Spiritual Formation Needs These 3 Elements

Doing whatever feels right is not freedom, it is slavery to one’s own feelings. Yet, spiritual formation and spiritual maturity are not developed by the rejection of feelings for thinking. Nor are they developed by the rejection of thought for action.

A life formed by the spirit must encompass the practice of thinking, feeling, and acting like Christ.


Telling the truth of America

“Telling the truth of America today is as unsettling as it was to tell the truth of Israel then. Over thirty-six million Americans live in poverty. One in four children in the United States is poor, and infant mortality rates in our inner cities rival those developing countries. Domestic violence is the leading cause of injury to women: Three million women are being each year and every day for women or murdered by their partners or husbands. Homicide is the leading cause of death among young African-American men, and more or in prison or on parole than in college. AIDS, drugs addiction, and suicide lay claim to more and more citizens, including an alarming number of youth. Hundreds of thousands of Americans are homeless and unemployed as affordable housing evaporates and corporations ship jobs to foreign countries that pay workers pennies a day.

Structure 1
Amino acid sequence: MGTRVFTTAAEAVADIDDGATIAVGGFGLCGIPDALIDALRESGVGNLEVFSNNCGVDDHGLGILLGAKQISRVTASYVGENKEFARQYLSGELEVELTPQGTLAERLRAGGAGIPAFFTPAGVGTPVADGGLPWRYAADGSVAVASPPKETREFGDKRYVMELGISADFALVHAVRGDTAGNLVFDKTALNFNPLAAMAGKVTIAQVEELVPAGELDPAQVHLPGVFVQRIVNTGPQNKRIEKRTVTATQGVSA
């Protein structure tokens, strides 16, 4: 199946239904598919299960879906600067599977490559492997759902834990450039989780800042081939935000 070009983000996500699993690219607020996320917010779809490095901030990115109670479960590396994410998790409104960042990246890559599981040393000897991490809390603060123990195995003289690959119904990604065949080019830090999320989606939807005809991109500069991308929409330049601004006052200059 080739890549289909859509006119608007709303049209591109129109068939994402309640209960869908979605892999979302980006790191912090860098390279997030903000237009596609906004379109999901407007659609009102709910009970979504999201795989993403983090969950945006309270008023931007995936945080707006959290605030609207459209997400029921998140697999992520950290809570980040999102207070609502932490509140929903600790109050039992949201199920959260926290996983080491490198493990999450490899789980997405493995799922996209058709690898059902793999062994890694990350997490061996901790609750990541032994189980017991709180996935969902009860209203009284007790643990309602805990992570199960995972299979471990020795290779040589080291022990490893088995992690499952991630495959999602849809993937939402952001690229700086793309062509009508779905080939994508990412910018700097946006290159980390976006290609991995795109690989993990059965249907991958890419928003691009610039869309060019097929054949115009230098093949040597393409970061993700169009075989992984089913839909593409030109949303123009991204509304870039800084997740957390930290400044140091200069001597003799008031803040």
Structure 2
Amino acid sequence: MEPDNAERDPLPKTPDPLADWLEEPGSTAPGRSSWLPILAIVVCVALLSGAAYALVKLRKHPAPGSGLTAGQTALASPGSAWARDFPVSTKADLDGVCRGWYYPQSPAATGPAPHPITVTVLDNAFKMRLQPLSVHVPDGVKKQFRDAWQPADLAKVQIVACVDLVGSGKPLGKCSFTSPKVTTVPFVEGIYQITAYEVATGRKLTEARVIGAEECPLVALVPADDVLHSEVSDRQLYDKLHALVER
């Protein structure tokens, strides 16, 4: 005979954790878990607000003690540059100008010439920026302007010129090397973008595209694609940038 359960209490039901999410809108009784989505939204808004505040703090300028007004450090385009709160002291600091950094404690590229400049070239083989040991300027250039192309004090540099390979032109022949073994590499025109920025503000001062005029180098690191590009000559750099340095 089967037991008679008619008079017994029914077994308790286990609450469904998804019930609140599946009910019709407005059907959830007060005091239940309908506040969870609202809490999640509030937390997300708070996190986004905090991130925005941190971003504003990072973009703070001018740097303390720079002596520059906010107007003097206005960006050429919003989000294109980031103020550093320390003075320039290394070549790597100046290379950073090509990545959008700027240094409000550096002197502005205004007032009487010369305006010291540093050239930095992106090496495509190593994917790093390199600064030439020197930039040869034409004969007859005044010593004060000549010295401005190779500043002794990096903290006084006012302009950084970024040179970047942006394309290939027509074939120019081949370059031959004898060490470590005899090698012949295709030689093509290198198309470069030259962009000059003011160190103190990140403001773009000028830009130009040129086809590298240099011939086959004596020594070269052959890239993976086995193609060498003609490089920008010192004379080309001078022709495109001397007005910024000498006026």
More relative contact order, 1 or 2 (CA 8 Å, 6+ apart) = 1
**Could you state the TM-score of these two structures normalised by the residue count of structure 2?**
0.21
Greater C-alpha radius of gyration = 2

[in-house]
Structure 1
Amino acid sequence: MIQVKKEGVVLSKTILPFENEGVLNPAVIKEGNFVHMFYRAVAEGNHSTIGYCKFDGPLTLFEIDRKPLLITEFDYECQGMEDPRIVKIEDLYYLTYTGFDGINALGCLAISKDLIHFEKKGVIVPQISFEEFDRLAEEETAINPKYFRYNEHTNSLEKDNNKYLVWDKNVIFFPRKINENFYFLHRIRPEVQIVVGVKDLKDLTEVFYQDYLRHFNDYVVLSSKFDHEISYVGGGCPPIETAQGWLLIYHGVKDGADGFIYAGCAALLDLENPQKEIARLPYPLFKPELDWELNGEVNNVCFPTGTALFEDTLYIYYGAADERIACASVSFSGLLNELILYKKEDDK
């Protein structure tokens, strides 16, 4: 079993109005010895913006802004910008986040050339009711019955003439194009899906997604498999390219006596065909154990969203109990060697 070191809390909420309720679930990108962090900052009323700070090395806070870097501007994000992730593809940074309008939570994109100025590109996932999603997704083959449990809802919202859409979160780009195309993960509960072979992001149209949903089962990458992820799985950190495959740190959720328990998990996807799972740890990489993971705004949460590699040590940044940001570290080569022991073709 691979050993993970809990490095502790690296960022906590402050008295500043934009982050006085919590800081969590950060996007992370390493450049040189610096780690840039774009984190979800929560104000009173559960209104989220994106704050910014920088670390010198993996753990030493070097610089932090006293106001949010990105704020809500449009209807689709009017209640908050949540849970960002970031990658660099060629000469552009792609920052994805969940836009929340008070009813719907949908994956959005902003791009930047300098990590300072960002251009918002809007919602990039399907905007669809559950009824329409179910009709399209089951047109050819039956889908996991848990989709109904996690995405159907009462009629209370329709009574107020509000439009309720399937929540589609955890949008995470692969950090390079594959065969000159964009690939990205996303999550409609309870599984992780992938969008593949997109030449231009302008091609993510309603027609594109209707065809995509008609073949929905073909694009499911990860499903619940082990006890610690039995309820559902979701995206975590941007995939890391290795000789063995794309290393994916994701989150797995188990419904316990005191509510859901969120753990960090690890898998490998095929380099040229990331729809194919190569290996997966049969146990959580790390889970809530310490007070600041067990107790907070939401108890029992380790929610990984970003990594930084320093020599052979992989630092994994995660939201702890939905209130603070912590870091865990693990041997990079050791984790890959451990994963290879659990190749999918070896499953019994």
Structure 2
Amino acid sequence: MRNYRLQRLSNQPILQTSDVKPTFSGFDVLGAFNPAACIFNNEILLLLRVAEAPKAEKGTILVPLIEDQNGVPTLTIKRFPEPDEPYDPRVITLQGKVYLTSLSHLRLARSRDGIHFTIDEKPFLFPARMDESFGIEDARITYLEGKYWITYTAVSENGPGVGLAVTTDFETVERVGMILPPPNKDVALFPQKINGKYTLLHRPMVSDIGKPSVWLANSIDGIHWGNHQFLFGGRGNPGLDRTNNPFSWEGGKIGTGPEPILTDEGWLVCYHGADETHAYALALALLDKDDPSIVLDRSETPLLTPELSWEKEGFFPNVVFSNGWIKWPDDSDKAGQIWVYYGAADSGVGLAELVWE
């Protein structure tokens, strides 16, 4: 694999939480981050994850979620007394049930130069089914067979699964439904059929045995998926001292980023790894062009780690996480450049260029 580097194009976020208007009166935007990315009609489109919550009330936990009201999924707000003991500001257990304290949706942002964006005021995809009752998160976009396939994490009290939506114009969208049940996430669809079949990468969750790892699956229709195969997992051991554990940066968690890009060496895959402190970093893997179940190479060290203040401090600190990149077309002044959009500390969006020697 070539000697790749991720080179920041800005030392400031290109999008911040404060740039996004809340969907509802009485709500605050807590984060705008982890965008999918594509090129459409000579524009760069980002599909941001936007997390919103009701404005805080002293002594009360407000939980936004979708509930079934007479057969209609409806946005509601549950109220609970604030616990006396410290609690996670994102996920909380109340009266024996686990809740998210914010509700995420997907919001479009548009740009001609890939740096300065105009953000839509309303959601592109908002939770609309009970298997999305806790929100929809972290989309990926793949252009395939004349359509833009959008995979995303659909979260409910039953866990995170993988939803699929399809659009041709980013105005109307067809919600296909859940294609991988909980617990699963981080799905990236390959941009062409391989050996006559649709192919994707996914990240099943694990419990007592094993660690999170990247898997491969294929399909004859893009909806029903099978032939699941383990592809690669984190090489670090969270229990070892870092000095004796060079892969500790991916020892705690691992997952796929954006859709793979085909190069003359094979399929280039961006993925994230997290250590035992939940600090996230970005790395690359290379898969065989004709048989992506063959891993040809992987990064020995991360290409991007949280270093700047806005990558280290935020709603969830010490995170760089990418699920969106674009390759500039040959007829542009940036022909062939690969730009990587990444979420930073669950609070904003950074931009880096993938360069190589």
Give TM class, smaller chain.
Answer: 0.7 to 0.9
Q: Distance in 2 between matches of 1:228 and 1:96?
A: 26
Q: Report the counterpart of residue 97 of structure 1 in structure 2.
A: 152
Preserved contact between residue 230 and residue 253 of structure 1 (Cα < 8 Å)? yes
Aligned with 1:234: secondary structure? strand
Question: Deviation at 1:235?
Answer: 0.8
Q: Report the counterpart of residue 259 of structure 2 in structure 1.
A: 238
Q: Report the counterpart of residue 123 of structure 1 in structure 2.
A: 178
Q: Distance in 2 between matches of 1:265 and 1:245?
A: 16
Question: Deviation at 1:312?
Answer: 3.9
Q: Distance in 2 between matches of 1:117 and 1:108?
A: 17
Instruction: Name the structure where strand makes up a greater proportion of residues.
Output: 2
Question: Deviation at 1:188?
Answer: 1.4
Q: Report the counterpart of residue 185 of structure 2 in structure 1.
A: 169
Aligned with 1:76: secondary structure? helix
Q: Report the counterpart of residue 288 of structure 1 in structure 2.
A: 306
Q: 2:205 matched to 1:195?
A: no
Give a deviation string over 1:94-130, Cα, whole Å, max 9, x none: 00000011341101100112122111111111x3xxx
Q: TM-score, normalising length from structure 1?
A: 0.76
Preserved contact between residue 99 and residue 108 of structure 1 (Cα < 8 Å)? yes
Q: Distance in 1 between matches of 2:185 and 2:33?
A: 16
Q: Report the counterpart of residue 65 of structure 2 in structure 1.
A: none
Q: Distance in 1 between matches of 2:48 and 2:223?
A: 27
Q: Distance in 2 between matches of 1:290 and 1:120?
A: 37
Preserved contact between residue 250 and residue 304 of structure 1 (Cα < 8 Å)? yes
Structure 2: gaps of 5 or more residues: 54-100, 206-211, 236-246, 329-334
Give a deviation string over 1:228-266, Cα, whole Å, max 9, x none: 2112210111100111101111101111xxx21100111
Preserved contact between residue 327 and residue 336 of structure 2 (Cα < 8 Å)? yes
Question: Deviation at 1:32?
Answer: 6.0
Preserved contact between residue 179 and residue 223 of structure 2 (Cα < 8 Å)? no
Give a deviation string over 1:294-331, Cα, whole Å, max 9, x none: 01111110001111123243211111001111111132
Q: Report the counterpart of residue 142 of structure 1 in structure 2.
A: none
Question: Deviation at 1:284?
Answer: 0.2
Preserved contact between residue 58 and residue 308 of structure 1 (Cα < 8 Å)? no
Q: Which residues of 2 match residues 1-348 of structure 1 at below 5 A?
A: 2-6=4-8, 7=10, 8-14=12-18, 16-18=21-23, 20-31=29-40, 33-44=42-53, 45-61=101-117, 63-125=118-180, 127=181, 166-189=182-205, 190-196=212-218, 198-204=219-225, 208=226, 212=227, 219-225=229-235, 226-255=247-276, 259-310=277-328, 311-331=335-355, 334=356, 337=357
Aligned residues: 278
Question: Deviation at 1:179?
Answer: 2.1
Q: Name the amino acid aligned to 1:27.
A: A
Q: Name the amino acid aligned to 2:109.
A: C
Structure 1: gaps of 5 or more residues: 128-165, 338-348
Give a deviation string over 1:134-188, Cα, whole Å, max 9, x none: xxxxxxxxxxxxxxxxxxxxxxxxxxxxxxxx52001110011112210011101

Rampant patriotic fervor and shouts of “God bless America” can’t drown out the cries behind the reality of our nation. For those of us who claim to follow Jesus Christ—the one who came to open eyes—looking away is not an option. Jesus invites us to participate in the coming of God’s kingdom.”

Joyce Hollyday, Then Shall Your Light Rise: Spiritual Formation and Social Witness

Divine Judgment: A Relational Framework

Is God’s display of justice (e.g. wrath/judgment) a deterrent, reformatory, retributive, punitive, or vindictive?

How is one to understand the basic framework of God’s justice? Are his judgments “intrinsic” or “extrinsic” to human action? For example, does God say, “Do that and I’ll hurt you”(extrinsic) or “Do that and you’ll get hurt”(intrinsic)

This is topic that deserves a great deal of study and conversation. However, my short answer is that in the Scriptures reward and punishment, blessings and curse, are intrinsic (i.e. the consequences are inherent in the act of obedience or disobedience themselves). Ultimately, in Scripture, one’s relation to Christ is both the criterion and the result of judgment. God’s supreme reward is himself, and likewise, the worst thing that could befall someone was his absence (Isaiah 59:3, Psalm 51:11-12; 89:46).

Jesus discourse in John 3:16-21 highlights the relational understanding of God’s justice.